A MAN from Rainham has been jailed for 16 months for his part in an investment fraud scam that tricked more than 70 people into handing over a total of £1.7 million.
Detectives in the Metropolitan Police’s Complex Fraud Team launched an investigation into a company called Taylor & Mills Ltd after a case referral from Action Fraud in 2013.
Analysis of the company revealed employees were cold-calling elderly and vulnerable members of the public, using aggressive and persistent sales techniques, to persuade them to buy green investments known as ‘carbon credits’.
To make the company seem plausible, professional-looking, glossy brochures were produced extolling the virtues of carbon credits.
The brochure, which even contained a quote from Barack Obama about the importance of green energy, was sent out to anyone who showed an interest when called.
The investigating officers discovered that none of the victims’ money was being used to buy carbon credits, but was instead paid into bank accounts in the name of Taylor & Mills Ltd.
Alan Mill, from Rainham, was listed as a director and shareholder of Taylor & Mills Ltd at Companies House and his identity was used to open the firm’s bank accounts.
Aaron Petrou’s role was to close deals and he used the pseudonym ‘Giles Beaumont’ when speaking to potential investors.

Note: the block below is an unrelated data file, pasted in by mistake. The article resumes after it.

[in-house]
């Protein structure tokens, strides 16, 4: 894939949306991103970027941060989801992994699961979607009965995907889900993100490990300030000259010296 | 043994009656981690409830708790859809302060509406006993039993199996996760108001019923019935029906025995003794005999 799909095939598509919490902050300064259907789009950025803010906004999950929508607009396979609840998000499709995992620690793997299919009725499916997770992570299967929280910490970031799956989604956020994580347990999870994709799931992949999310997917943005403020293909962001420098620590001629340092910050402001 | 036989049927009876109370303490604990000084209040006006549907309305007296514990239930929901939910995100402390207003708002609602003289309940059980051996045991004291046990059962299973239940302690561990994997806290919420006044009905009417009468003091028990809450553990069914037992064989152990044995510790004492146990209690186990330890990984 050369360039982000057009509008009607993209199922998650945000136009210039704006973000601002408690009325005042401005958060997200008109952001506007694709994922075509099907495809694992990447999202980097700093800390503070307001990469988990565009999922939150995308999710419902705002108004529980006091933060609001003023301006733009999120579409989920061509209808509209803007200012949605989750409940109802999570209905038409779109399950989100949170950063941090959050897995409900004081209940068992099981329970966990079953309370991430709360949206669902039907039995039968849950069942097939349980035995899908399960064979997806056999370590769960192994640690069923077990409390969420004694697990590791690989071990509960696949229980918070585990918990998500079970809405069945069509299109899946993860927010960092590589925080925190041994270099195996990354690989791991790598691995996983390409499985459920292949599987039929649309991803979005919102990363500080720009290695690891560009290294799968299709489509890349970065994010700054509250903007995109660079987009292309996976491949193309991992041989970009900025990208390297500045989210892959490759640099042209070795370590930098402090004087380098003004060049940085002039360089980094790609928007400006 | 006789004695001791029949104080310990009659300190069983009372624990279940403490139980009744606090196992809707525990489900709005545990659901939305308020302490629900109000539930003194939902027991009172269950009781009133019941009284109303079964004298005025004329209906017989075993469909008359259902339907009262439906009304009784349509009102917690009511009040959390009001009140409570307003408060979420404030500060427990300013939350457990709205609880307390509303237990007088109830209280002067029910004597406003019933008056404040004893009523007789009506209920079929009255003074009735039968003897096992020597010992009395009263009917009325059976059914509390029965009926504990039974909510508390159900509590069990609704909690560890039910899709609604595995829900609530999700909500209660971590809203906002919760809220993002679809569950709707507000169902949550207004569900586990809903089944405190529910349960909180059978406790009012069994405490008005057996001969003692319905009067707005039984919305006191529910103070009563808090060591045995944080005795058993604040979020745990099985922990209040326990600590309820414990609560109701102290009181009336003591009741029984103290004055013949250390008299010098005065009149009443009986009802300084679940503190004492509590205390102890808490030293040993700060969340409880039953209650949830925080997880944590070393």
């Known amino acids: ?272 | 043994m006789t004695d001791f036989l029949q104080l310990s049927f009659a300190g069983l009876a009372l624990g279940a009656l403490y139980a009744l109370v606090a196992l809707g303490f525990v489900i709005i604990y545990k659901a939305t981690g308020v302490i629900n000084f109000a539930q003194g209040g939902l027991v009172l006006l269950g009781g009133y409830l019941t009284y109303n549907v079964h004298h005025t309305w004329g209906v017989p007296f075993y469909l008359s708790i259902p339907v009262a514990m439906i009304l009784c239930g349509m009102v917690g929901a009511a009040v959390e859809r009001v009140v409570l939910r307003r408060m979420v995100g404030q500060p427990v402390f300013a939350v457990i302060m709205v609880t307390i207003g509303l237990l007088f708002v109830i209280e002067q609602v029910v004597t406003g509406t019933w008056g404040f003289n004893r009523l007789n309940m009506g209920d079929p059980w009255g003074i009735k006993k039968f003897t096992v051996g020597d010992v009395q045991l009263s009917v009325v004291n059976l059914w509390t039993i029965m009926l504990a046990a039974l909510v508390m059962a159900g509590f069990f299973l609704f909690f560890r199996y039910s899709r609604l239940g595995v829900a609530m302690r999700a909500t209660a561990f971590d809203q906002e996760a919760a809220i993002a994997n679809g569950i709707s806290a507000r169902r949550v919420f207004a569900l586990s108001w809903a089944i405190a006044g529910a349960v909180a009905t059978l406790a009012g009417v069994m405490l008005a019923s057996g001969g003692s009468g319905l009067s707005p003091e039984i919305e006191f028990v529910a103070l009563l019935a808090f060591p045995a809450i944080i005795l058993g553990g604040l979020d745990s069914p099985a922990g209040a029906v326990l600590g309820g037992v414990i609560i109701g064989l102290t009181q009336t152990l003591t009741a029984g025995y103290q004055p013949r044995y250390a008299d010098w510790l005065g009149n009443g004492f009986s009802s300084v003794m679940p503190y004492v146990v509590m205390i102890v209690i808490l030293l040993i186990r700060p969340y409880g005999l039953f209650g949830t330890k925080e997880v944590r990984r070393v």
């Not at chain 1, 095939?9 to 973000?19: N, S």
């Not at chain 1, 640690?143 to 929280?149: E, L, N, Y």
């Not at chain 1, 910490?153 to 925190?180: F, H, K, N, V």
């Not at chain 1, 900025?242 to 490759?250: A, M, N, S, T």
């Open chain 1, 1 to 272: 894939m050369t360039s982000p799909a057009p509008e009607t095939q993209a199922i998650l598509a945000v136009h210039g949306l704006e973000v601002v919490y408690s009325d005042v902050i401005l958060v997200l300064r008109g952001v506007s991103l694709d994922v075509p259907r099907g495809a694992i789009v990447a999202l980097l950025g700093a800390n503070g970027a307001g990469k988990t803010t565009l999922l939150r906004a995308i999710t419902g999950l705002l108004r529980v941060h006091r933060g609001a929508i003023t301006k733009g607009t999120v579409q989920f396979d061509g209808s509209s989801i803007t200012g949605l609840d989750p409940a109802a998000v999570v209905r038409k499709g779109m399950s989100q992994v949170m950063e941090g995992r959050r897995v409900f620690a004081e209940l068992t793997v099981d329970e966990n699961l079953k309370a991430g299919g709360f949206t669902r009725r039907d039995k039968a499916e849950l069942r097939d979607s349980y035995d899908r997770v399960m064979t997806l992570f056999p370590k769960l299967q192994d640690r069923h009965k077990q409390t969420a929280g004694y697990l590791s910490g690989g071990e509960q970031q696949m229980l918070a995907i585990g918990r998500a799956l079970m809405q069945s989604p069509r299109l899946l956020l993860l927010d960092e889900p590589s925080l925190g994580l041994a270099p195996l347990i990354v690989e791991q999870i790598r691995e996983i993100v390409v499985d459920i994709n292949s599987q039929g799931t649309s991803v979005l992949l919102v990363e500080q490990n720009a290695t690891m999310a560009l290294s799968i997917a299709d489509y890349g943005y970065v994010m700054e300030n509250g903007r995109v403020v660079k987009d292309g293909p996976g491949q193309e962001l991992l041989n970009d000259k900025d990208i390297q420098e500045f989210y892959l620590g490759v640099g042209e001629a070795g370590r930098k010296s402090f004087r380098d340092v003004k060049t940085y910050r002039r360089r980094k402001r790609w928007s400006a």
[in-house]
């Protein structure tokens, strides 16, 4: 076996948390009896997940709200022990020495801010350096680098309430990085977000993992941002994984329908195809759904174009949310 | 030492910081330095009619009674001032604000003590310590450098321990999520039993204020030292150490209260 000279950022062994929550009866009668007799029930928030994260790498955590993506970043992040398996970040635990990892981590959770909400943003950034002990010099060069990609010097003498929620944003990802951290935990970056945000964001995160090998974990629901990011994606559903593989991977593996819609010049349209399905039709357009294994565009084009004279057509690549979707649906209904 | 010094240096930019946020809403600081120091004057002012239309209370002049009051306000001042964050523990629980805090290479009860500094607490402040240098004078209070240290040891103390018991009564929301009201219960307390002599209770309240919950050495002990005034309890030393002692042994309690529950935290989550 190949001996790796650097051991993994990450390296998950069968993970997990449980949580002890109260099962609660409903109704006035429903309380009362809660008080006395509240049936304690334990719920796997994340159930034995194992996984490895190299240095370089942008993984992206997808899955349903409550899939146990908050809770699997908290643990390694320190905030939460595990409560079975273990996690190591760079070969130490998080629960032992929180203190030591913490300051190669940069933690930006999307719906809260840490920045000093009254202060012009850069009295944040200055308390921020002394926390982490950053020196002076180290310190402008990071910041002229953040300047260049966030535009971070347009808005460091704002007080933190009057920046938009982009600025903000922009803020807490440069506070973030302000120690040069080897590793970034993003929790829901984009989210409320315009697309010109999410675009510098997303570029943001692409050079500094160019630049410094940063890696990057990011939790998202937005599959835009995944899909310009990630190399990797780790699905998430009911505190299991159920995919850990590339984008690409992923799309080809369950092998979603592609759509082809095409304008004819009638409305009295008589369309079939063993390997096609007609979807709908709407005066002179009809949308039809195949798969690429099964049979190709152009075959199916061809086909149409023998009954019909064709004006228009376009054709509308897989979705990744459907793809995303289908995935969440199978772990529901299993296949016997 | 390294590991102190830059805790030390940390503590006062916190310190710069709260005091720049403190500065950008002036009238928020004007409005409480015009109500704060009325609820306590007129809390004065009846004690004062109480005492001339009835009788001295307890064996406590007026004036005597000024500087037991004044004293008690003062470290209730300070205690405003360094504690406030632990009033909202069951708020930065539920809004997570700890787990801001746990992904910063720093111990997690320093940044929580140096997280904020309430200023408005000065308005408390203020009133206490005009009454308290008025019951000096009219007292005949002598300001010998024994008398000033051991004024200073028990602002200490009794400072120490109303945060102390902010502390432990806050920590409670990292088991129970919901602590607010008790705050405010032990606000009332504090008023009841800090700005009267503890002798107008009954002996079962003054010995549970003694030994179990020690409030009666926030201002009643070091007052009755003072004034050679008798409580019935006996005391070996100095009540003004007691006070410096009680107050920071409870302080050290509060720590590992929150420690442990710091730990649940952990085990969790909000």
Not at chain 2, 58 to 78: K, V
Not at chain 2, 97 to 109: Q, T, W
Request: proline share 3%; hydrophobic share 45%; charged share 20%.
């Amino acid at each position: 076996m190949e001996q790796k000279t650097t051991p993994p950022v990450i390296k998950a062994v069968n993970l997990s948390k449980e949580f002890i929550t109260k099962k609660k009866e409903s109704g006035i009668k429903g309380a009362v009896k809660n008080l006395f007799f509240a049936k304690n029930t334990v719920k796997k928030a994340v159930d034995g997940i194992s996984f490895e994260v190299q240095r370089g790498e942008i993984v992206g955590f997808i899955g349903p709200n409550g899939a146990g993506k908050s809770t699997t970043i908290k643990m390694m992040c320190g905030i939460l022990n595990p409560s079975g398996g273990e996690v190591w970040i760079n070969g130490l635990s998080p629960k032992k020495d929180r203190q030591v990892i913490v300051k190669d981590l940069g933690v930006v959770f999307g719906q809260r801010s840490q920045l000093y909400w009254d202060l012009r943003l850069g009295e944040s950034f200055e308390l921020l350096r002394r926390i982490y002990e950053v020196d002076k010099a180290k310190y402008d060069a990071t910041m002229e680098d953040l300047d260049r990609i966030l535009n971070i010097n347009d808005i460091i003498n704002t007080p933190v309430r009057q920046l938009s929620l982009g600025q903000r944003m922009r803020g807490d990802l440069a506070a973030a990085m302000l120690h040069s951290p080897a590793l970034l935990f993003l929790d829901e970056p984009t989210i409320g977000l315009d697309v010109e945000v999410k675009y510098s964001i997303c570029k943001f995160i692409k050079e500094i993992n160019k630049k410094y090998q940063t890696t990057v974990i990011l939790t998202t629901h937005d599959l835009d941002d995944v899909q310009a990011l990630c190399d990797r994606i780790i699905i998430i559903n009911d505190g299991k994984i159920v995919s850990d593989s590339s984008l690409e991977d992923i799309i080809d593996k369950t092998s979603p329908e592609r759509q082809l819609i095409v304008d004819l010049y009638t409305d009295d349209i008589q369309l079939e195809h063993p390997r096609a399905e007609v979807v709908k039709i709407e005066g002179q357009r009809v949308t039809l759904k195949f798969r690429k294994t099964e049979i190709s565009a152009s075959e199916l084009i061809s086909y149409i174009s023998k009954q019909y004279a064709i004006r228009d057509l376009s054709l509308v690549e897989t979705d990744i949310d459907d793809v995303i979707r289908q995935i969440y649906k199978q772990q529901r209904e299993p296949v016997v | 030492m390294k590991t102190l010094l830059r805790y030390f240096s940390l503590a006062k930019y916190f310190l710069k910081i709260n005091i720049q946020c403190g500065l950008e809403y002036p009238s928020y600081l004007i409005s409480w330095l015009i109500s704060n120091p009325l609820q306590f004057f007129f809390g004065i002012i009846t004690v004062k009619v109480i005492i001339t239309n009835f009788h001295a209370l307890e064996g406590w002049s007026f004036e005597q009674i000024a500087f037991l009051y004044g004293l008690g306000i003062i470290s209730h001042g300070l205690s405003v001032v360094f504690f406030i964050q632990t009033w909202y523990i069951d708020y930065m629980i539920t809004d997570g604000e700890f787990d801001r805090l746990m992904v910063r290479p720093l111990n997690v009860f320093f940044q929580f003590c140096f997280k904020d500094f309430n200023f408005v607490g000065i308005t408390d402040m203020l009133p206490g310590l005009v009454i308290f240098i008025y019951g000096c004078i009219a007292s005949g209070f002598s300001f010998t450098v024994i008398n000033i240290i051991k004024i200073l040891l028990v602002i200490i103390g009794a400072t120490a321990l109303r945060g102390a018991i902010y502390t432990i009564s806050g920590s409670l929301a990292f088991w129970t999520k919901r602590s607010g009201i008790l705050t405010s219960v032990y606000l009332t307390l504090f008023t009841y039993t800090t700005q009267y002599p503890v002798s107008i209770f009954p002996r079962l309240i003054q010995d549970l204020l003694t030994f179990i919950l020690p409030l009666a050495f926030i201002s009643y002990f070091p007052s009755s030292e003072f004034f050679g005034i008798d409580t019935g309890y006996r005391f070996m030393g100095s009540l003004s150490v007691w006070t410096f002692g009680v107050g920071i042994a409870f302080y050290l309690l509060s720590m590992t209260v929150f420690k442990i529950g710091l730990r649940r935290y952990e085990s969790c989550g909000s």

Met officers identified Petrou’s fingerprints on a book he had given to one of the biggest investors in the scheme as well as other documents sent to victims.
Dean Hempseed, who used the name ‘Henry Parker’, was identified as another salesman who made a number of false claims to persuade at least 12 victims to invest in carbon credits.
One victim recorded a 35 minute telephone conversation in which Hempseed said he could return three times the investment made within four months and convinced the victim to invest £50,000.
Another victim was tricked into investing £700,000 in the scam.
Daniel Forsyth was identified as the company’s accountant. During a search of his home address in Bromley, Kent, a portable hard drive was found which linked him to the fraud.
Paul Thompson allowed his personal account to be used to receive almost £50,000 from Taylor & Mills Ltd, which was later withdrawn in cash.
The five men involved in the scam have been jailed for a total of 14 years.
Detective Sergeant Richard Ward, from the Complex Fraud Unit, said: “This investment scam involved the use of aggressive and persistent sales tactics to exploit vulnerable members of the public. These men were motivated purely by greed and showed a complete disregard for the financial loss and emotional impact on the victims of the scam.”